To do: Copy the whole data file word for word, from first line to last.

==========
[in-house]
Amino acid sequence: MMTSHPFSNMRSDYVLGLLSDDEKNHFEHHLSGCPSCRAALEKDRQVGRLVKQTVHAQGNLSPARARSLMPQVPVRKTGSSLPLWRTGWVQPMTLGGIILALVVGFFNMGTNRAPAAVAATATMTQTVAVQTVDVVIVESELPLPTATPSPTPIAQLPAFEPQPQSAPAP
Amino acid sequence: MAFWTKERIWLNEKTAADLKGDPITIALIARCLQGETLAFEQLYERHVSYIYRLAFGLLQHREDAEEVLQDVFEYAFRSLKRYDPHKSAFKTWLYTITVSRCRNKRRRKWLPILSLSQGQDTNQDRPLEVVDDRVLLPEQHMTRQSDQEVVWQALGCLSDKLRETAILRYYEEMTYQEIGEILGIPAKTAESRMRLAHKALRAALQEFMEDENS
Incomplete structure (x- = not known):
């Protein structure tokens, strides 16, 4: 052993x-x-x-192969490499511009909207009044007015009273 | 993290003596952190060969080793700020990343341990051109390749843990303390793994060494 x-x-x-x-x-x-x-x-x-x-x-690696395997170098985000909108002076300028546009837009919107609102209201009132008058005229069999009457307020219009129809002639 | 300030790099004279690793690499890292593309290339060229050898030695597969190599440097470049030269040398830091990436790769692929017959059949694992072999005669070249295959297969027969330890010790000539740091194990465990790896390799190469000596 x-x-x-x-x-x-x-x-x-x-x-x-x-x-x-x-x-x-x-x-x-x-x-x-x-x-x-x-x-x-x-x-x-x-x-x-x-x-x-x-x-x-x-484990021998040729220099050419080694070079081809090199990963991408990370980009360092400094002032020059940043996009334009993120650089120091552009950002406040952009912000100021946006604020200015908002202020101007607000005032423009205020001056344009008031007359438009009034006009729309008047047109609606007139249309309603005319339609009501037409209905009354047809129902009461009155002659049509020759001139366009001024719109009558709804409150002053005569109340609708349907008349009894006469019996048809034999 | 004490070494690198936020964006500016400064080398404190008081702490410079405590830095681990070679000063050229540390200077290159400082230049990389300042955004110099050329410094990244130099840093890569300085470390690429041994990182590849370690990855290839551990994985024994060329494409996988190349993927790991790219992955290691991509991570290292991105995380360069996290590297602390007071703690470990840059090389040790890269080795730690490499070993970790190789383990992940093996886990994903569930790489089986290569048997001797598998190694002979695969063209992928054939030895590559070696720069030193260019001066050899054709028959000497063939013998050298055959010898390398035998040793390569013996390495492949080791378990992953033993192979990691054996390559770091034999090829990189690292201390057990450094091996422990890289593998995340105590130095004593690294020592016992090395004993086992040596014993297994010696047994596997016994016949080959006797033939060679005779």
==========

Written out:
[in-house]
Amino acid sequence: MMTSHPFSNMRSDYVLGLLSDDEKNHFEHHLSGCPSCRAALEKDRQVGRLVKQTVHAQGNLSPARARSLMPQVPVRKTGSSLPLWRTGWVQPMTLGGIILALVVGFFNMGTNRAPAAVAATATMTQTVAVQTVDVVIVESELPLPTATPSPTPIAQLPAFEPQPQSAPAP
Amino acid sequence: MAFWTKERIWLNEKTAADLKGDPITIALIARCLQGETLAFEQLYERHVSYIYRLAFGLLQHREDAEEVLQDVFEYAFRSLKRYDPHKSAFKTWLYTITVSRCRNKRRRKWLPILSLSQGQDTNQDRPLEVVDDRVLLPEQHMTRQSDQEVVWQALGCLSDKLRETAILRYYEEMTYQEIGEILGIPAKTAESRMRLAHKALRAALQEFMEDENS
Incomplete structure (x- = not known):
């Protein structure tokens, strides 16, 4: 052993x-x-x-192969490499511009909207009044007015009273 | 993290003596952190060969080793700020990343341990051109390749843990303390793994060494 x-x-x-x-x-x-x-x-x-x-x-690696395997170098985000909108002076300028546009837009919107609102209201009132008058005229069999009457307020219009129809002639 | 300030790099004279690793690499890292593309290339060229050898030695597969190599440097470049030269040398830091990436790769692929017959059949694992072999005669070249295959297969027969330890010790000539740091194990465990790896390799190469000596 x-x-x-x-x-x-x-x-x-x-x-x-x-x-x-x-x-x-x-x-x-x-x-x-x-x-x-x-x-x-x-x-x-x-x-x-x-x-x-x-x-x-x-484990021998040729220099050419080694070079081809090199990963991408990370980009360092400094002032020059940043996009334009993120650089120091552009950002406040952009912000100021946006604020200015908002202020101007607000005032423009205020001056344009008031007359438009009034006009729309008047047109609606007139249309309603005319339609009501037409209905009354047809129902009461009155002659049509020759001139366009001024719109009558709804409150002053005569109340609708349907008349009894006469019996048809034999 | 004490070494690198936020964006500016400064080398404190008081702490410079405590830095681990070679000063050229540390200077290159400082230049990389300042955004110099050329410094990244130099840093890569300085470390690429041994990182590849370690990855290839551990994985024994060329494409996988190349993927790991790219992955290691991509991570290292991105995380360069996290590297602390007071703690470990840059090389040790890269080795730690490499070993970790190789383990992940093996886990994903569930790489089986290569048997001797598998190694002979695969063209992928054939030895590559070696720069030193260019001066050899054709028959000497063939013998050298055959010898390398035998040793390569013996390495492949080791378990992953033993192979990691054996390559770091034999090829990189690292201390057990450094091996422990890289593998995340105590130095004593690294020592016992090395004993086992040596014993297994010696047994596997016994016949080959006797033939060679005779």